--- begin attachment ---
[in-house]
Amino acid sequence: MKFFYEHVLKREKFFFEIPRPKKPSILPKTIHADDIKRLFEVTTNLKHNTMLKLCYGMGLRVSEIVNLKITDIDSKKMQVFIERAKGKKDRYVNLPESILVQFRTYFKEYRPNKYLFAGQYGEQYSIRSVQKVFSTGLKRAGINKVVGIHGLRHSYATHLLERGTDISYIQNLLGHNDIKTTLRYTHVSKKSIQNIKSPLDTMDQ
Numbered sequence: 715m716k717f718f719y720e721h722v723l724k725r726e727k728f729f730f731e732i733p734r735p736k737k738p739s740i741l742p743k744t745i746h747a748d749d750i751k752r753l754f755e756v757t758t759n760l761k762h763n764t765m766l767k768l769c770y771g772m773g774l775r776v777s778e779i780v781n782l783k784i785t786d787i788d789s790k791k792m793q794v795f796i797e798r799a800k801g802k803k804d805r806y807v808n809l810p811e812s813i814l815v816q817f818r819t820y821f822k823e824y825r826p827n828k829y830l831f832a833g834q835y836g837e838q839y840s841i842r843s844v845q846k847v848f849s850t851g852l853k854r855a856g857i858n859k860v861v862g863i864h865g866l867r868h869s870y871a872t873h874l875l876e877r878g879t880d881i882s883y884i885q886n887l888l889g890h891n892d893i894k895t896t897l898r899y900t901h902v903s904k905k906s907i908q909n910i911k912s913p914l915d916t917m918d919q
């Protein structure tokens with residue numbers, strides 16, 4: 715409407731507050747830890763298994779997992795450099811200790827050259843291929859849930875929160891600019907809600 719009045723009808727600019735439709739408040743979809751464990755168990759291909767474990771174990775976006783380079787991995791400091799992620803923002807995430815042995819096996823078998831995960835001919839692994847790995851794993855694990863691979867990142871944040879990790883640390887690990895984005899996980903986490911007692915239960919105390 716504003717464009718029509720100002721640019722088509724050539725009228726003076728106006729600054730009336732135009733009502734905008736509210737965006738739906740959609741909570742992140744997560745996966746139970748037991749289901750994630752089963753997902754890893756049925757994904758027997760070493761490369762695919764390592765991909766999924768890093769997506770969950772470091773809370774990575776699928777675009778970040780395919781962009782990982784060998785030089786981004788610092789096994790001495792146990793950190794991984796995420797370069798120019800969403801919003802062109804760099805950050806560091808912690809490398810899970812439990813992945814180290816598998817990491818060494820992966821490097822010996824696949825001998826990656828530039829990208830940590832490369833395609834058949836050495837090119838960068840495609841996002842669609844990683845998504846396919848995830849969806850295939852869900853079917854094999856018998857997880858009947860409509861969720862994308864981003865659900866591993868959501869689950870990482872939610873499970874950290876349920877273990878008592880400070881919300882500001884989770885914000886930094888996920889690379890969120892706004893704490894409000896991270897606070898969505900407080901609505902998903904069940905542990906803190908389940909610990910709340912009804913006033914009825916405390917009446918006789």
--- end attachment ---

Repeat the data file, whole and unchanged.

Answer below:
[in-house]
Amino acid sequence: MKFFYEHVLKREKFFFEIPRPKKPSILPKTIHADDIKRLFEVTTNLKHNTMLKLCYGMGLRVSEIVNLKITDIDSKKMQVFIERAKGKKDRYVNLPESILVQFRTYFKEYRPNKYLFAGQYGEQYSIRSVQKVFSTGLKRAGINKVVGIHGLRHSYATHLLERGTDISYIQNLLGHNDIKTTLRYTHVSKKSIQNIKSPLDTMDQ
Numbered sequence: 715m716k717f718f719y720e721h722v723l724k725r726e727k728f729f730f731e732i733p734r735p736k737k738p739s740i741l742p743k744t745i746h747a748d749d750i751k752r753l754f755e756v757t758t759n760l761k762h763n764t765m766l767k768l769c770y771g772m773g774l775r776v777s778e779i780v781n782l783k784i785t786d787i788d789s790k791k792m793q794v795f796i797e798r799a800k801g802k803k804d805r806y807v808n809l810p811e812s813i814l815v816q817f818r819t820y821f822k823e824y825r826p827n828k829y830l831f832a833g834q835y836g837e838q839y840s841i842r843s844v845q846k847v848f849s850t851g852l853k854r855a856g857i858n859k860v861v862g863i864h865g866l867r868h869s870y871a872t873h874l875l876e877r878g879t880d881i882s883y884i885q886n887l888l889g890h891n892d893i894k895t896t897l898r899y900t901h902v903s904k905k906s907i908q909n910i911k912s913p914l915d916t917m918d919q
């Protein structure tokens with residue numbers, strides 16, 4: 715409407731507050747830890763298994779997992795450099811200790827050259843291929859849930875929160891600019907809600 719009045723009808727600019735439709739408040743979809751464990755168990759291909767474990771174990775976006783380079787991995791400091799992620803923002807995430815042995819096996823078998831995960835001919839692994847790995851794993855694990863691979867990142871944040879990790883640390887690990895984005899996980903986490911007692915239960919105390 716504003717464009718029509720100002721640019722088509724050539725009228726003076728106006729600054730009336732135009733009502734905008736509210737965006738739906740959609741909570742992140744997560745996966746139970748037991749289901750994630752089963753997902754890893756049925757994904758027997760070493761490369762695919764390592765991909766999924768890093769997506770969950772470091773809370774990575776699928777675009778970040780395919781962009782990982784060998785030089786981004788610092789096994790001495792146990793950190794991984796995420797370069798120019800969403801919003802062109804760099805950050806560091808912690809490398810899970812439990813992945814180290816598998817990491818060494820992966821490097822010996824696949825001998826990656828530039829990208830940590832490369833395609834058949836050495837090119838960068840495609841996002842669609844990683845998504846396919848995830849969806850295939852869900853079917854094999856018998857997880858009947860409509861969720862994308864981003865659900866591993868959501869689950870990482872939610873499970874950290876349920877273990878008592880400070881919300882500001884989770885914000886930094888996920889690379890969120892706004893704490894409000896991270897606070898969505900407080901609505902998903904069940905542990906803190908389940909610990910709340912009804913006033914009825916405390917009446918006789």